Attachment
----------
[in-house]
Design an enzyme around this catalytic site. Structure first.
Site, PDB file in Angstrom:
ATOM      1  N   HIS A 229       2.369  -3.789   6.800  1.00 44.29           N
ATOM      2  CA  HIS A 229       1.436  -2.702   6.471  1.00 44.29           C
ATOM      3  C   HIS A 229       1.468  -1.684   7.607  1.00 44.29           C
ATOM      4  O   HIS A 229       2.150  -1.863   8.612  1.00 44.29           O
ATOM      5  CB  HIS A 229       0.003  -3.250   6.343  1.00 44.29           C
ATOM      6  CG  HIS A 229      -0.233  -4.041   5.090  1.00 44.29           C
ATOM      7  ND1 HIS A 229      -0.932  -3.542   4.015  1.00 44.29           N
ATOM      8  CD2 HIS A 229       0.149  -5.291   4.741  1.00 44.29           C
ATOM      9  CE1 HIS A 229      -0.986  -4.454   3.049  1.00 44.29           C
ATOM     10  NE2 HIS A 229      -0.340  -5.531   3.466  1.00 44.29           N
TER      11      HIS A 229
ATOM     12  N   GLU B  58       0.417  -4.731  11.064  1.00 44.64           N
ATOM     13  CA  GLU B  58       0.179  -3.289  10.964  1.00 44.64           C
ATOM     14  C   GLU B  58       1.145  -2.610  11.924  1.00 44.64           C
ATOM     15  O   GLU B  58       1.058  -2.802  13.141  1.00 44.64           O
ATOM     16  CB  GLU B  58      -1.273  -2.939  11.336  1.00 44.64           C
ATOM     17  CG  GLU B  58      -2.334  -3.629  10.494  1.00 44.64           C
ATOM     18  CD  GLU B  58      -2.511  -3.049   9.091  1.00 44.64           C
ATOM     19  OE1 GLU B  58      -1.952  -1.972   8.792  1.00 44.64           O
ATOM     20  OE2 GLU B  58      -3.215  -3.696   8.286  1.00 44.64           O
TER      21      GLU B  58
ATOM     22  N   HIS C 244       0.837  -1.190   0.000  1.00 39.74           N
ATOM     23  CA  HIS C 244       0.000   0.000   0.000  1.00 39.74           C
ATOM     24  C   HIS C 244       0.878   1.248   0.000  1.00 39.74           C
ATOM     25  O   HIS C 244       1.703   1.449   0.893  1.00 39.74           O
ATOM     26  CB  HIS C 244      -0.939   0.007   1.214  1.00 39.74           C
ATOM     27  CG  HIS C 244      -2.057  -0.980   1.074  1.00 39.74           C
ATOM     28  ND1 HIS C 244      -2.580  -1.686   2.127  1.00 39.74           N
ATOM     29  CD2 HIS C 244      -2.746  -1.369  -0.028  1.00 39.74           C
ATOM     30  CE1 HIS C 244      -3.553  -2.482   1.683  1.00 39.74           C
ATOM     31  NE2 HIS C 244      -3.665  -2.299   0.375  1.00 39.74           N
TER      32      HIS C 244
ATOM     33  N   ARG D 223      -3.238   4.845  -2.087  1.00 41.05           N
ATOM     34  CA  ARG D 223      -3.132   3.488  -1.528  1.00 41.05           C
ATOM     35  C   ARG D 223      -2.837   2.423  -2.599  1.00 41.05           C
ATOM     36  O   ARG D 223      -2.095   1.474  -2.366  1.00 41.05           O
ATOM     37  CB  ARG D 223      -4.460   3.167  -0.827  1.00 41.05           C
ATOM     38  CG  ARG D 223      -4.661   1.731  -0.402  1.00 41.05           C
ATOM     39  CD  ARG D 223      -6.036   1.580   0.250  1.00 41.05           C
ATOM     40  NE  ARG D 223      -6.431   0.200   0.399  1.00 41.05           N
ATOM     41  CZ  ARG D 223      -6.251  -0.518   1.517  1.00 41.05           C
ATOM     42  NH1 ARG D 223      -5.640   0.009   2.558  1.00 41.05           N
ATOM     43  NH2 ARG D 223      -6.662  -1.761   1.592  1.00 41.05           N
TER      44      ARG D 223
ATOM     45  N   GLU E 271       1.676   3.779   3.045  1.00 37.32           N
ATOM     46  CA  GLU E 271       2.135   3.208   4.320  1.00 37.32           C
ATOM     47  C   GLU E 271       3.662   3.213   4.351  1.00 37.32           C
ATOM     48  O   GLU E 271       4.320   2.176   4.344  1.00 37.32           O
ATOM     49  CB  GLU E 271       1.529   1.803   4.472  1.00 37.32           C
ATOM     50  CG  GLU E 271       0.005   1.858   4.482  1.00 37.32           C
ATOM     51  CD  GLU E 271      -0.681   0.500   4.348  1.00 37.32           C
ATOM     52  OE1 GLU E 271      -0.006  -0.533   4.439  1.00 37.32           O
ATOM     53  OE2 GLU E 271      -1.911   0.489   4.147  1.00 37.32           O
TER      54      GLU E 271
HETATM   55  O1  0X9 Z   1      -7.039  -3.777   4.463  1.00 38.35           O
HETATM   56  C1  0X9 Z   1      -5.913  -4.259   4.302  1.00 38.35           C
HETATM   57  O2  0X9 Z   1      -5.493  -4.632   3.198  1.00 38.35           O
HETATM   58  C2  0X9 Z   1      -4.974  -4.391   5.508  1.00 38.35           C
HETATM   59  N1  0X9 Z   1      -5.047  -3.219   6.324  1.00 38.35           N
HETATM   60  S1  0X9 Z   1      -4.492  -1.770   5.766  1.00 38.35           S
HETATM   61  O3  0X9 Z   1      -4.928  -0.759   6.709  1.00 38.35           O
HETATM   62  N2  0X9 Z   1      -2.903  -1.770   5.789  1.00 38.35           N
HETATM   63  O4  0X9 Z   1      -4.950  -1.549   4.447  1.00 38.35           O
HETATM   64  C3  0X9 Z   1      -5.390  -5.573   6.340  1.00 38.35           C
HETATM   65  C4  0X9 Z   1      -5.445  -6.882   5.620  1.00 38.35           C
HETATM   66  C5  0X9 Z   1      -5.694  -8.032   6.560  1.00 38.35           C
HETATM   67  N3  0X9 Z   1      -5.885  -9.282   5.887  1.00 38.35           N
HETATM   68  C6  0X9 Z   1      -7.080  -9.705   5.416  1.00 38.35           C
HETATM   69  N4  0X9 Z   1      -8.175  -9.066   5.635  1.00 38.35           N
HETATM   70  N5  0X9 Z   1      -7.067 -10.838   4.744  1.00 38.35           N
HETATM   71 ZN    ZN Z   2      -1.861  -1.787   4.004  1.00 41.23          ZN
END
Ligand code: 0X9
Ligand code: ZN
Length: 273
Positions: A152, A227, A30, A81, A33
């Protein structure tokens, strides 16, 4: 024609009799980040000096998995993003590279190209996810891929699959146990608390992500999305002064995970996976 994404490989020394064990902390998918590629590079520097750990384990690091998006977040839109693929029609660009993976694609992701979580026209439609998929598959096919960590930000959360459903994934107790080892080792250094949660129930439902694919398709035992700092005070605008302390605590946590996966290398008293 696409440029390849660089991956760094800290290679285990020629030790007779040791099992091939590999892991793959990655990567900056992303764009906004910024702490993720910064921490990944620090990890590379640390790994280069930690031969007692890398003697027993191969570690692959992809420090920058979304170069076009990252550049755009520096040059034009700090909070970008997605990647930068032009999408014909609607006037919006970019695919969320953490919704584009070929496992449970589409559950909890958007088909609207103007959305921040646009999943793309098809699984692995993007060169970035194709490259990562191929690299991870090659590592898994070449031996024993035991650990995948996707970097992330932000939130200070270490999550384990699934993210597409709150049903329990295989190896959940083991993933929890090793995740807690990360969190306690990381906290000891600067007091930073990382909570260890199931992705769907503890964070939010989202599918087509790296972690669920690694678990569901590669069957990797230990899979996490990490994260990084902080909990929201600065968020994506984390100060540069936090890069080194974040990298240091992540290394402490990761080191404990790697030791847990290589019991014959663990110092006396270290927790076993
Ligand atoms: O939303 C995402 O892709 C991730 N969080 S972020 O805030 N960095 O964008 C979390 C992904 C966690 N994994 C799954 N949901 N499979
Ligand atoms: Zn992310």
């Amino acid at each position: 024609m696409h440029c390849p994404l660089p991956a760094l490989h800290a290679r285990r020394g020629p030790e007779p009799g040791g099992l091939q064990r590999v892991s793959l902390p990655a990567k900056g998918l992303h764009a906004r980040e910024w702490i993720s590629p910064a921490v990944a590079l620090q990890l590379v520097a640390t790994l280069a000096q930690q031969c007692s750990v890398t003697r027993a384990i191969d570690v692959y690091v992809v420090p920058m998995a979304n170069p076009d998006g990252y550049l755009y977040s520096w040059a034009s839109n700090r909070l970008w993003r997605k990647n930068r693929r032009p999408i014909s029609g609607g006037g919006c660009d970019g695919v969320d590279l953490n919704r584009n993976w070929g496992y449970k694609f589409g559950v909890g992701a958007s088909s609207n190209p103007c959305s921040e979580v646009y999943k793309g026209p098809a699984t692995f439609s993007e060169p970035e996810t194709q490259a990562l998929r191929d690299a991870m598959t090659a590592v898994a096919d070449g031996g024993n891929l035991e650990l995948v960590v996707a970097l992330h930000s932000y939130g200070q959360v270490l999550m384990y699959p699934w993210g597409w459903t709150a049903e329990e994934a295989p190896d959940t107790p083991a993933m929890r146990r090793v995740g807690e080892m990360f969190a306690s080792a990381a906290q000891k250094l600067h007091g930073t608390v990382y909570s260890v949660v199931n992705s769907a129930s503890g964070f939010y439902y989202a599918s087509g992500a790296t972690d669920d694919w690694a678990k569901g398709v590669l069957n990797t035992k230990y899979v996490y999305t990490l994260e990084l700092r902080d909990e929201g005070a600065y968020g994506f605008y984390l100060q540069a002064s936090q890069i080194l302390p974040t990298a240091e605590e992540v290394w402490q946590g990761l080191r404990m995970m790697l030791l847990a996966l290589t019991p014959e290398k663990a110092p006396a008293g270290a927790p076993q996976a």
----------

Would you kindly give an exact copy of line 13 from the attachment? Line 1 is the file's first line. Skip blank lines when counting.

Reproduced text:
ATOM     10  NE2 HIS A 229      -0.340  -5.531   3.466  1.00 44.29           N